The Hungarian Grand Prix weekend was dominated by Felipe Massa's accident and its aftermath, and in the days after the race events such as the planned return of Michael Schumacher, the withdrawal of BMW and the sacking of Nelson Piquet hogged the headlines. Even the signing of the Concorde Agreement - after months of debate about the future of the sport - was a little underplayed, thanks to the attention focussed on Michael.
One thing which has been somewhat overlooked in the past couple of weeks was the remarkable performance of Lewis Hamilton and McLaren in Budapest. Rarely has there been such a turnaround in fortunes of a team in the course of a season, although clearly the circumstances in Hungary suited the MP4-24 just so, and it might not be quite so easy from now on.
Just think about where things were just a few weeks ago. Hamilton endured a whole run of races where he started in the bottom quarter of the grid, and whatever strategy the team tried, he seemed to end up pretty much where he started. What had been a mood of frustration had become one of total resignation. 'This year is written off', was the mood in the camp, 'but we'll come back big time in 2010'.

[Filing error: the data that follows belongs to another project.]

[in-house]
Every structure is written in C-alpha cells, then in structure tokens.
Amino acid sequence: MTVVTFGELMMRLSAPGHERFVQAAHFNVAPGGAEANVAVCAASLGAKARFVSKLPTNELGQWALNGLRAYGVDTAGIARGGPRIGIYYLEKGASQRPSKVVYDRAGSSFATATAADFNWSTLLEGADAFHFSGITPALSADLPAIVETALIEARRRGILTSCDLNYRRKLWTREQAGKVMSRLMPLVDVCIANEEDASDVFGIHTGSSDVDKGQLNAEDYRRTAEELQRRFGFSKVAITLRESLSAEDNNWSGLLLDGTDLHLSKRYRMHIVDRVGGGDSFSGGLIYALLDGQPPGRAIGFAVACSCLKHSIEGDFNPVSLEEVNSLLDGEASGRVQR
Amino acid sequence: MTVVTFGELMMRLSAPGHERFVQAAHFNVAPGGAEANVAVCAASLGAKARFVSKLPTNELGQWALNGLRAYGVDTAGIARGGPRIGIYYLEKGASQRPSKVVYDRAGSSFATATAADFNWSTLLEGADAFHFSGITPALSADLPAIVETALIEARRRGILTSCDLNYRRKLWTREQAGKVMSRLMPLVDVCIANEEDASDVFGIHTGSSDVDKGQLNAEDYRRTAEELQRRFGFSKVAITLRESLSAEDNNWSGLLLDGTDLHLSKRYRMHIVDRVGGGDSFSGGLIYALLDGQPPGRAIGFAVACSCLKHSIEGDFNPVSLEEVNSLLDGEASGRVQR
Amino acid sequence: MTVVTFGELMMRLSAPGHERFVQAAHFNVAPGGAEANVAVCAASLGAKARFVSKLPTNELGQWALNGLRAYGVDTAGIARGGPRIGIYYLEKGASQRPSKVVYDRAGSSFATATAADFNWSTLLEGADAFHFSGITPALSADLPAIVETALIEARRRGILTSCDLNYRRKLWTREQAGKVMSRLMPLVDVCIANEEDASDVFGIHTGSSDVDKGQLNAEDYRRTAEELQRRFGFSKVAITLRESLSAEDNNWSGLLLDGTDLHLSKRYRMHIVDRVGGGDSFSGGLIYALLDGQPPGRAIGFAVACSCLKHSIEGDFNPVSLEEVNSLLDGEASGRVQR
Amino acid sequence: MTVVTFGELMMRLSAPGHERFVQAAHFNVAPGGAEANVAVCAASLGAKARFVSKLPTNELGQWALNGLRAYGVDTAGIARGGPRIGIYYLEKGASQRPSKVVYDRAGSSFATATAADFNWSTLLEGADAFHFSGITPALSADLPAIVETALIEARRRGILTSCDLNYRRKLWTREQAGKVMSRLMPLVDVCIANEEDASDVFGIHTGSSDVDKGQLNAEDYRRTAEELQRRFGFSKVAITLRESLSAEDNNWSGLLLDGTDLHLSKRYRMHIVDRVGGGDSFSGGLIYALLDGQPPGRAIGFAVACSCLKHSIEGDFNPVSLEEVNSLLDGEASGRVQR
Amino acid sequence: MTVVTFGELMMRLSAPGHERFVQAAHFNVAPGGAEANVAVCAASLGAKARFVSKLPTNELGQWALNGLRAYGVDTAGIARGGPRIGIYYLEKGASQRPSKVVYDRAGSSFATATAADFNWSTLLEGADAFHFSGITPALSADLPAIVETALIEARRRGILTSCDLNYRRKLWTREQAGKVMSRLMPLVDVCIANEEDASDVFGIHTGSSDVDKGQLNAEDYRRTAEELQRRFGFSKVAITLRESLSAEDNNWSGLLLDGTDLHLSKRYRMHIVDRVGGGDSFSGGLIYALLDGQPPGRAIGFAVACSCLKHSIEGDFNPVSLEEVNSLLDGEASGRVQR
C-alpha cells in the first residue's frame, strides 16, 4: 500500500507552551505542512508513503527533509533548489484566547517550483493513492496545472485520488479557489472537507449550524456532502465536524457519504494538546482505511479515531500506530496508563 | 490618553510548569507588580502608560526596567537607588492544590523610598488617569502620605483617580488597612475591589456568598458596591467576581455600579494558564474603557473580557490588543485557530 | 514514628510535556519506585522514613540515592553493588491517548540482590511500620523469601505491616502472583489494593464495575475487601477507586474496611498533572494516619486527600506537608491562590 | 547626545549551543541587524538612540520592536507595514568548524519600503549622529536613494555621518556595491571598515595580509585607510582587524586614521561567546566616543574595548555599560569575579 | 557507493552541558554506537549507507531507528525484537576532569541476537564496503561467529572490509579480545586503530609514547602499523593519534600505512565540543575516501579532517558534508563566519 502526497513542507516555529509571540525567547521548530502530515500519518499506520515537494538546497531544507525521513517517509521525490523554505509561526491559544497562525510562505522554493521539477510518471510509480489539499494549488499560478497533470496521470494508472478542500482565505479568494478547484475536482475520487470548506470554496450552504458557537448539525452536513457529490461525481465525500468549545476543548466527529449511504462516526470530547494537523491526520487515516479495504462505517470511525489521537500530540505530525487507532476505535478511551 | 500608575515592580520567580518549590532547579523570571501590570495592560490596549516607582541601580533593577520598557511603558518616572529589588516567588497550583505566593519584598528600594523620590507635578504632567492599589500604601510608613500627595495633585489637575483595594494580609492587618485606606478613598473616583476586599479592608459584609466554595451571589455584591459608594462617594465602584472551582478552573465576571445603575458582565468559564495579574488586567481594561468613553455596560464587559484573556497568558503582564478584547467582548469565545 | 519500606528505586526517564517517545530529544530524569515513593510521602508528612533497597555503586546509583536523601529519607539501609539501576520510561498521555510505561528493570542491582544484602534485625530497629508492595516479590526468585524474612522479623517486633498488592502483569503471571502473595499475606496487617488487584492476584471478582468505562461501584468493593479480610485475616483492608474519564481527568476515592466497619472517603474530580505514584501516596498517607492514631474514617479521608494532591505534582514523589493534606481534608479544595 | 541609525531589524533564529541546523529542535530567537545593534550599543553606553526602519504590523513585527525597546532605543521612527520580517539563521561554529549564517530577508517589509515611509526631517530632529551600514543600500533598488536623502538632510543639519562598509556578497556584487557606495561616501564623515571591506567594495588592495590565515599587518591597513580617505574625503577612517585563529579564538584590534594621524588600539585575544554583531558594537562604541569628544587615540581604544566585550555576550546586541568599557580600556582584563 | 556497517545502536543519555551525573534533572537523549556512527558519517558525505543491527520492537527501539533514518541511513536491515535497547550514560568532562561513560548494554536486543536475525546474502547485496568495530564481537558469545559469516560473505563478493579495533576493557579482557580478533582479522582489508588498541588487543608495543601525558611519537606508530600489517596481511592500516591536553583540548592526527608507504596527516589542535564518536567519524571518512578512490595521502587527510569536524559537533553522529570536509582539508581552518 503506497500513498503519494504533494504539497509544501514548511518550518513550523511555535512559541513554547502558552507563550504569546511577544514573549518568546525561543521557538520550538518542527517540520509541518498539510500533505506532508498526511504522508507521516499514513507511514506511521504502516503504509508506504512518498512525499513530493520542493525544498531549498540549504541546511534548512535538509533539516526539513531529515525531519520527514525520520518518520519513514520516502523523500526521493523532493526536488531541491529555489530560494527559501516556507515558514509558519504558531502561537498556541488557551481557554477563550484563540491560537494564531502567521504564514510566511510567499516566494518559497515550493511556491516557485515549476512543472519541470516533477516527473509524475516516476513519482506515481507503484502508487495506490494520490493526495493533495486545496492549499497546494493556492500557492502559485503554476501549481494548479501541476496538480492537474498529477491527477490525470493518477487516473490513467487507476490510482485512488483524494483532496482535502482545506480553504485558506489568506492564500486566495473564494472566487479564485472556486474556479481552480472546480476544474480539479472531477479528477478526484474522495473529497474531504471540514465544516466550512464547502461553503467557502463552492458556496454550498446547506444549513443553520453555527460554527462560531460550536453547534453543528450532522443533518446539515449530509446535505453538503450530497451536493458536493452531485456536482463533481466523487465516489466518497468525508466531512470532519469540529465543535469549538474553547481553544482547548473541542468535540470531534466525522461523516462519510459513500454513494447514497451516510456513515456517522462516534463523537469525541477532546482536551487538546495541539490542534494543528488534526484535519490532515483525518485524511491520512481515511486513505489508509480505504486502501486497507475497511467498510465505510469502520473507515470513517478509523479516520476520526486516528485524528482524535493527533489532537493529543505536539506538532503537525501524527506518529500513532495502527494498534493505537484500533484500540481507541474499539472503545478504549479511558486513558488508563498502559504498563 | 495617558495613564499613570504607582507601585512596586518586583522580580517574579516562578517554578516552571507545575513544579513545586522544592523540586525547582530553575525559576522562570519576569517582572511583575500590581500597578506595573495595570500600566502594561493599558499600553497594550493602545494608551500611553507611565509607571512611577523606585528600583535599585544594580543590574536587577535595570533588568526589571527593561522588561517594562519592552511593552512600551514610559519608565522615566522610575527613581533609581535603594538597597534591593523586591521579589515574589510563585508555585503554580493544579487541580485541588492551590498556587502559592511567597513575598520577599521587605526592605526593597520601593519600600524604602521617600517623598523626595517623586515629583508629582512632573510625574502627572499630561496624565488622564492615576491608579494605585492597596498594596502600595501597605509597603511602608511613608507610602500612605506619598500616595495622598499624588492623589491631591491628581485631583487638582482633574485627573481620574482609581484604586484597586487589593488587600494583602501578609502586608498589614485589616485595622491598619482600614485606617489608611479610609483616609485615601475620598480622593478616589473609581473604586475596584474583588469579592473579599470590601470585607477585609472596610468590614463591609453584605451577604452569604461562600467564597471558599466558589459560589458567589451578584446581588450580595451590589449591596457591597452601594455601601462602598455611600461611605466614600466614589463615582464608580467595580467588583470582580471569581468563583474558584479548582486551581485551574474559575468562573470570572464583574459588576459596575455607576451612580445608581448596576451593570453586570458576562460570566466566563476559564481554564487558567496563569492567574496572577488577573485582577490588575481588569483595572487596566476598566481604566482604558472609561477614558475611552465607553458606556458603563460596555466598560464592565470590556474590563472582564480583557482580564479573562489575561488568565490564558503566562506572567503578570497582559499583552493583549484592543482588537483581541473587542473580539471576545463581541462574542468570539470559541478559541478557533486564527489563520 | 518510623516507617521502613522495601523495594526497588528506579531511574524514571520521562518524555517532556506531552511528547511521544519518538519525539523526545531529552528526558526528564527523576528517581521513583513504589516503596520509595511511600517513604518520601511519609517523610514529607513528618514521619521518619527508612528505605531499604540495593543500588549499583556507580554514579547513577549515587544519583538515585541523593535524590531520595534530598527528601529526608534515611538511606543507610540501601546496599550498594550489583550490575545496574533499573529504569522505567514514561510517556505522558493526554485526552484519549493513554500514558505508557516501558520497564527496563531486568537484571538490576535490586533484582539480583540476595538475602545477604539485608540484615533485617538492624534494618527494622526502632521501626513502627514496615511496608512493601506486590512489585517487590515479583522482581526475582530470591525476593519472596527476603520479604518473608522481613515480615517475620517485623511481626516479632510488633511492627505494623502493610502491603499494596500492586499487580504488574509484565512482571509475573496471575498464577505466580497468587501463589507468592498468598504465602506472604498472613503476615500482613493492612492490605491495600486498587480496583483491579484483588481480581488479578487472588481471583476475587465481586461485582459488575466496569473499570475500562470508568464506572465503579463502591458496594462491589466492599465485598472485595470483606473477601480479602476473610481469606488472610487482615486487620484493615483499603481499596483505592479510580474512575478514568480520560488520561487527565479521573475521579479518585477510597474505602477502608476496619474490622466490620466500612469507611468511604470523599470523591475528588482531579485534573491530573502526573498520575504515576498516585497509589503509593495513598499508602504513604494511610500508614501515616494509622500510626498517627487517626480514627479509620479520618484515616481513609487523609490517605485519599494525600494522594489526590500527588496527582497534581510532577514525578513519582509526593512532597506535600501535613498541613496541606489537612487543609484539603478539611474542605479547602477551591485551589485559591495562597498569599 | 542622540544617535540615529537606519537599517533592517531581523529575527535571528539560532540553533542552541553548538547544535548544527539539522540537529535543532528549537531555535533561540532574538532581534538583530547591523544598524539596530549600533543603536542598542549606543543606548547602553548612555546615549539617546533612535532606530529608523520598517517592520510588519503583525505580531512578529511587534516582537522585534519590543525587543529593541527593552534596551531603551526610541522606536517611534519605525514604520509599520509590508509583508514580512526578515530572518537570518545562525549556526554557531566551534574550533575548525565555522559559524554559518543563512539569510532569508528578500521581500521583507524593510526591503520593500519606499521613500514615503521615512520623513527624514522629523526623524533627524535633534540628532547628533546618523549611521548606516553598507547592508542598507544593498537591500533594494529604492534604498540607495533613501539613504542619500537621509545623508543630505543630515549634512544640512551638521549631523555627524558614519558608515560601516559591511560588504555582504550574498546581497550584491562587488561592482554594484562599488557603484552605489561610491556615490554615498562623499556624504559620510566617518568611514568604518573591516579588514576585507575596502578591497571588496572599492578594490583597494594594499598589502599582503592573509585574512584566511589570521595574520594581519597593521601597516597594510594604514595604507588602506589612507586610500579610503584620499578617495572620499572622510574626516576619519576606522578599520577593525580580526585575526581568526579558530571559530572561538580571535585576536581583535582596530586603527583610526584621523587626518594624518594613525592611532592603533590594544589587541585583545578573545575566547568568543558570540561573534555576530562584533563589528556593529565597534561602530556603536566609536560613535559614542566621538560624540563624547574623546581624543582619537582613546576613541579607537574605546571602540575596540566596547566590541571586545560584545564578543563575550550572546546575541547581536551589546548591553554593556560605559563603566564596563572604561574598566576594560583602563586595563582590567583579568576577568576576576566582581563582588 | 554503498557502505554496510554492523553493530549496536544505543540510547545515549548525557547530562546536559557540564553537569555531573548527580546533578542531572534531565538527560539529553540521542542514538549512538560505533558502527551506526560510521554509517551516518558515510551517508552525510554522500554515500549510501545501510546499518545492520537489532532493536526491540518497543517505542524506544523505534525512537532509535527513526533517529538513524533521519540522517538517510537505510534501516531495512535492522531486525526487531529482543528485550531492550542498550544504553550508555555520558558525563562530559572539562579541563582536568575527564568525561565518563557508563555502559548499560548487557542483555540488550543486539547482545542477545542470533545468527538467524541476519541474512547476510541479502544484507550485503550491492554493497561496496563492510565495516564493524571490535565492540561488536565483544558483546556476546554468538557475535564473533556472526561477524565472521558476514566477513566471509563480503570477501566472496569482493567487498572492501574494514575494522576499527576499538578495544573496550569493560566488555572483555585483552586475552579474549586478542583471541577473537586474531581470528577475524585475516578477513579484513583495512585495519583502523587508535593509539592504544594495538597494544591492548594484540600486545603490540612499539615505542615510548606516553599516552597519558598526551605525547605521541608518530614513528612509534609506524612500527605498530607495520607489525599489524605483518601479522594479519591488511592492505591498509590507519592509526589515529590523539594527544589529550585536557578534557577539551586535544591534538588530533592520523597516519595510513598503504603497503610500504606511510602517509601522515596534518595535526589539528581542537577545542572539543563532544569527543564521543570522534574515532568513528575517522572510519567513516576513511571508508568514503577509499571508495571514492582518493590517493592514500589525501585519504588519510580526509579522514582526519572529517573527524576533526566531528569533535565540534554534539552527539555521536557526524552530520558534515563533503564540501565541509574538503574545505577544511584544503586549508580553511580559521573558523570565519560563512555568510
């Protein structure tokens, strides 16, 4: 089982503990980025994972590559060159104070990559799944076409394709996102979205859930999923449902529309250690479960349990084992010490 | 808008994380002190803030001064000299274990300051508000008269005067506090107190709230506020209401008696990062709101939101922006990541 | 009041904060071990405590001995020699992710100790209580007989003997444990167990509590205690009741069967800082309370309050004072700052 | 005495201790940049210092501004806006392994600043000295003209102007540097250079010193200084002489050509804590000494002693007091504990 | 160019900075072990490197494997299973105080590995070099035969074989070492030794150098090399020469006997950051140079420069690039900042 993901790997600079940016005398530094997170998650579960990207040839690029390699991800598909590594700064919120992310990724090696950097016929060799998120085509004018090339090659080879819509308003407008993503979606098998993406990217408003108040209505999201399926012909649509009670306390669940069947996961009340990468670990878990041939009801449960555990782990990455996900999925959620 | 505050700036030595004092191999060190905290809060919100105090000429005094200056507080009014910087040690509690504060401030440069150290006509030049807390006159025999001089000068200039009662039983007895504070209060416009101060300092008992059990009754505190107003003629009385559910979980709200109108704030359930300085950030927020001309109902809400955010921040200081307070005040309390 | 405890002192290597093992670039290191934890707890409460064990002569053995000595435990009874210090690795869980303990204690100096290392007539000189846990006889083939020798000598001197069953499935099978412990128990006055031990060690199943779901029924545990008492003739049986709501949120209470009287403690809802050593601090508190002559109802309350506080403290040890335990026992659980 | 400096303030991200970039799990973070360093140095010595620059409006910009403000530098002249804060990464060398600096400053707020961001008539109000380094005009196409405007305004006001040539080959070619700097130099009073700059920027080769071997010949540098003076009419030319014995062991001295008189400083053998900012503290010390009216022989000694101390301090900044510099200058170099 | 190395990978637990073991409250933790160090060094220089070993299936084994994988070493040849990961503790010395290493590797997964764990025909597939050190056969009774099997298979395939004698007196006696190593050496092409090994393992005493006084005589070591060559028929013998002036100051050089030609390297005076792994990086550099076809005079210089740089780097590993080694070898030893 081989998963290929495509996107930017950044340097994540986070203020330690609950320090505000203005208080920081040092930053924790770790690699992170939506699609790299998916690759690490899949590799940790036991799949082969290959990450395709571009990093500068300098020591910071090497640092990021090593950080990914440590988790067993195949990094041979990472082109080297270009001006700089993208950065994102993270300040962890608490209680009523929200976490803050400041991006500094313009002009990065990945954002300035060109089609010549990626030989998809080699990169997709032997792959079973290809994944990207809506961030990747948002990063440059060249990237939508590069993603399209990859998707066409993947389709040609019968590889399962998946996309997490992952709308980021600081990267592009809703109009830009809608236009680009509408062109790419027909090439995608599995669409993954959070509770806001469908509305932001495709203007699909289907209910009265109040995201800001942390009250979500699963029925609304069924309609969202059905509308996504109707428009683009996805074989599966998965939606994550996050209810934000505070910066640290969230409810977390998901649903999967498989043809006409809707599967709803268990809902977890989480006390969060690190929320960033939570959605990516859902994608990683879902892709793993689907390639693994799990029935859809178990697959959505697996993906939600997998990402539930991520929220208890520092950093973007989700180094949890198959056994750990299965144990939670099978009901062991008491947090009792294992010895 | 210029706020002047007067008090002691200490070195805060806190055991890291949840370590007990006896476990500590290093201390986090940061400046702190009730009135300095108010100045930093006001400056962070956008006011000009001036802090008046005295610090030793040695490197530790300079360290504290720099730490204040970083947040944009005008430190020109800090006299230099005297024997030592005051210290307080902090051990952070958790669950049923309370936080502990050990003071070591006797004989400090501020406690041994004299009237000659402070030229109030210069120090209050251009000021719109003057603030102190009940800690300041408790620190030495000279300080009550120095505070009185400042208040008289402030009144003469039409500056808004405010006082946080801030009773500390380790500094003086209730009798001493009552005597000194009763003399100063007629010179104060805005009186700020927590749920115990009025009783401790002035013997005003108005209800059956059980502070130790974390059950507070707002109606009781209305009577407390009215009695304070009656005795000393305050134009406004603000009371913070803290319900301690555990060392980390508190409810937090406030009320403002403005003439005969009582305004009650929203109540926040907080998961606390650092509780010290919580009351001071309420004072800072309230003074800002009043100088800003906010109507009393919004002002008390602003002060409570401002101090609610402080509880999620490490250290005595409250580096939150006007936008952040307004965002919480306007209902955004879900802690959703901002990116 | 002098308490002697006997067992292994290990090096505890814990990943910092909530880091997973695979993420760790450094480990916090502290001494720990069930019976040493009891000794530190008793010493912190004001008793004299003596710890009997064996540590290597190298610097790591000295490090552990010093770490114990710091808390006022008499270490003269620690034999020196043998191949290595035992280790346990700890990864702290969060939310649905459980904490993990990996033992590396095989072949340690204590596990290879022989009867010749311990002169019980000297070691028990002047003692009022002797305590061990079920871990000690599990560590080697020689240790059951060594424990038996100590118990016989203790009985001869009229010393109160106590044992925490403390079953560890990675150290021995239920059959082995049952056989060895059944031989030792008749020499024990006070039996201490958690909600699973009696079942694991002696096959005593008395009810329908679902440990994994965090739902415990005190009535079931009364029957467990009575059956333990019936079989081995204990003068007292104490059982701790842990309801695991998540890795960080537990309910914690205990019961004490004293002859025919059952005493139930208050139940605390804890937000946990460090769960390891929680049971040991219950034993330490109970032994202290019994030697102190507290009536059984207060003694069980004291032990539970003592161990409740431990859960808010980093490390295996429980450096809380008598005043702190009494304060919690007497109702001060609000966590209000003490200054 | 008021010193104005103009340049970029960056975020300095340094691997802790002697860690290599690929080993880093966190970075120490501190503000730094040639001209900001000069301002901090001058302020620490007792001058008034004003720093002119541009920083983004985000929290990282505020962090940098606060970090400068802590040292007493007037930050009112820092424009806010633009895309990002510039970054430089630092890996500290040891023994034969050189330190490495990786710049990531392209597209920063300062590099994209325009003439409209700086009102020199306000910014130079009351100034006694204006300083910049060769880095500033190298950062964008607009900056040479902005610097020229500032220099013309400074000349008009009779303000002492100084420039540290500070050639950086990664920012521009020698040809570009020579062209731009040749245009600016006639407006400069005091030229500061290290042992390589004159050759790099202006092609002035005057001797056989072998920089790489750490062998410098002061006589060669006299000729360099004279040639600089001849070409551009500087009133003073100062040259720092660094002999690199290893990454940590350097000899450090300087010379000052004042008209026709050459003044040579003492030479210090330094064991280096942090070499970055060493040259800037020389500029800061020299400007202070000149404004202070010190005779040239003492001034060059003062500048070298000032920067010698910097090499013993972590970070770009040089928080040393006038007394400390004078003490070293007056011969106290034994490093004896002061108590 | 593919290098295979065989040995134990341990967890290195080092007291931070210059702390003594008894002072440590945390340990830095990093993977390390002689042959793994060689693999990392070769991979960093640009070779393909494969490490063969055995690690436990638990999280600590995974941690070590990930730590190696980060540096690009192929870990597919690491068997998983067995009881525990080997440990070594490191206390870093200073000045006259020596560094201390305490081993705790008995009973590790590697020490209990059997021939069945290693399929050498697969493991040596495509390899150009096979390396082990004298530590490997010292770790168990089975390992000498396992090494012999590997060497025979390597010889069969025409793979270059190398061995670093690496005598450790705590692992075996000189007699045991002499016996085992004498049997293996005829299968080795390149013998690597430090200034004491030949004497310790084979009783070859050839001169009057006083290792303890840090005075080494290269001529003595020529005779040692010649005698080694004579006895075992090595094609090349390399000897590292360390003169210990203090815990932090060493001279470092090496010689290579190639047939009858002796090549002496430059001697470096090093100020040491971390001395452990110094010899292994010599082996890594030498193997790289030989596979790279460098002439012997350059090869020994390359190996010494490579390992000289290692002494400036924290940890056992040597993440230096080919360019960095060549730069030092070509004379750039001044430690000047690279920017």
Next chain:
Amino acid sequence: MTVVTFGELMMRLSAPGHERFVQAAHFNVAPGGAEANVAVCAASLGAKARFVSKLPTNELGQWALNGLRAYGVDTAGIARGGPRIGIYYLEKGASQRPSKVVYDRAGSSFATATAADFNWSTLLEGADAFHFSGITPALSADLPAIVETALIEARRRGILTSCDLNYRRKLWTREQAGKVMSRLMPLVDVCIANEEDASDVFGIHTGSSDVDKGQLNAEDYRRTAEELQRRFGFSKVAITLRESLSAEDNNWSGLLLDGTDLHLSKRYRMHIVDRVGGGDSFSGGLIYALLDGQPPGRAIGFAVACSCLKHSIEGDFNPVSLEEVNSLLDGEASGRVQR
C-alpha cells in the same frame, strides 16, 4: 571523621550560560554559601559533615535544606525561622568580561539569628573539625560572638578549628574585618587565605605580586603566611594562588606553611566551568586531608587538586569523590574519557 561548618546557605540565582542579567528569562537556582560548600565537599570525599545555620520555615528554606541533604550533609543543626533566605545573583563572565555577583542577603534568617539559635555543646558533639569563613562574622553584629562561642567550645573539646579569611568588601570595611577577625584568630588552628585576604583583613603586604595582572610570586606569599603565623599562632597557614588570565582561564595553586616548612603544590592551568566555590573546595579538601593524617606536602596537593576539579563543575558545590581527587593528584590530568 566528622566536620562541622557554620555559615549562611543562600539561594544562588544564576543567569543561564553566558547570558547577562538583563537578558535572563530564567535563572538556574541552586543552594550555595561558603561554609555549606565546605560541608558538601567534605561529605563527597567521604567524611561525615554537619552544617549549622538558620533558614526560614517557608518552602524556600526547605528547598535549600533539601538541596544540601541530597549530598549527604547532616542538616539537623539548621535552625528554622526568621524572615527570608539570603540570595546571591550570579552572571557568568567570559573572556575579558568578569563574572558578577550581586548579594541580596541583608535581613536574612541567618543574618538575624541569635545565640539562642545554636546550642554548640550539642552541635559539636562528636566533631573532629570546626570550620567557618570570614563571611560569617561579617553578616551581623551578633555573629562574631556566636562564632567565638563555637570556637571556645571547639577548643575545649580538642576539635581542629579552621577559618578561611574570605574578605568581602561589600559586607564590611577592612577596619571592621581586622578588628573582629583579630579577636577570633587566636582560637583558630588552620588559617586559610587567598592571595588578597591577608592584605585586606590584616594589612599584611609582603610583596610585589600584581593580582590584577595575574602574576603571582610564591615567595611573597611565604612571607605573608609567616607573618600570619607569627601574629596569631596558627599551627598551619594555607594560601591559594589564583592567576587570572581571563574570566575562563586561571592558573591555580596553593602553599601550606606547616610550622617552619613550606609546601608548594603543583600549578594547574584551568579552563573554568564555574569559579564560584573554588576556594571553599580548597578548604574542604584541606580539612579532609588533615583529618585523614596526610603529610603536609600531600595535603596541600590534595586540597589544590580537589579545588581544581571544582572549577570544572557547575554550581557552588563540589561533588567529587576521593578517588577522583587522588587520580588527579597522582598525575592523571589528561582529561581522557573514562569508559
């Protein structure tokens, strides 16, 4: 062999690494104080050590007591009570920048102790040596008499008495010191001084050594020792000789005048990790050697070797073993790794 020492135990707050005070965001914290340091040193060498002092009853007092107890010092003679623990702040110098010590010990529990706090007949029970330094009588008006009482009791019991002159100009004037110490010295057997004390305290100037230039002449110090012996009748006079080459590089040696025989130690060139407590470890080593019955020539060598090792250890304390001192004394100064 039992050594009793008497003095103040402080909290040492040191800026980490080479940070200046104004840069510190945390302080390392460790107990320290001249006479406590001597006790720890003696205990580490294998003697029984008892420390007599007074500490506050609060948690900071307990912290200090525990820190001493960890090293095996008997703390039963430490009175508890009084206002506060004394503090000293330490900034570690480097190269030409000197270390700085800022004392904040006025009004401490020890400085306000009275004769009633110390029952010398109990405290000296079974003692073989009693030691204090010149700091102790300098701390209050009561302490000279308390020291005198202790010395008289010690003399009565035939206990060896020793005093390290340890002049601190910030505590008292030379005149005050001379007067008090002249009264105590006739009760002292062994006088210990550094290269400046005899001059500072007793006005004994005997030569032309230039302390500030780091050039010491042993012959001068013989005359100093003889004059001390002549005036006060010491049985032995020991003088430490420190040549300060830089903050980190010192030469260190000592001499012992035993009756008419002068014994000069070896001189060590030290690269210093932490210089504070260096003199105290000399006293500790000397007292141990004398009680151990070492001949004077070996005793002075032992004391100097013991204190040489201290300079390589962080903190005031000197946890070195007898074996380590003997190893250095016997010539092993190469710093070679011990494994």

But let's give full credit to the McLaren guys. They kept plugging away and throwing new bits at the car. Without the usual safety net of testing they sometimes got it wrong, but eventually they got it right. And there were clear signs of that all through the Nurburgring weekend, although Lewis didn't get a chance to prove it on Sunday. He had more or less got into the lead when the tiniest tap from Mark Webber punctured a rear tyre and, handicapped by floor damage after his stop, he looked very ordinary.
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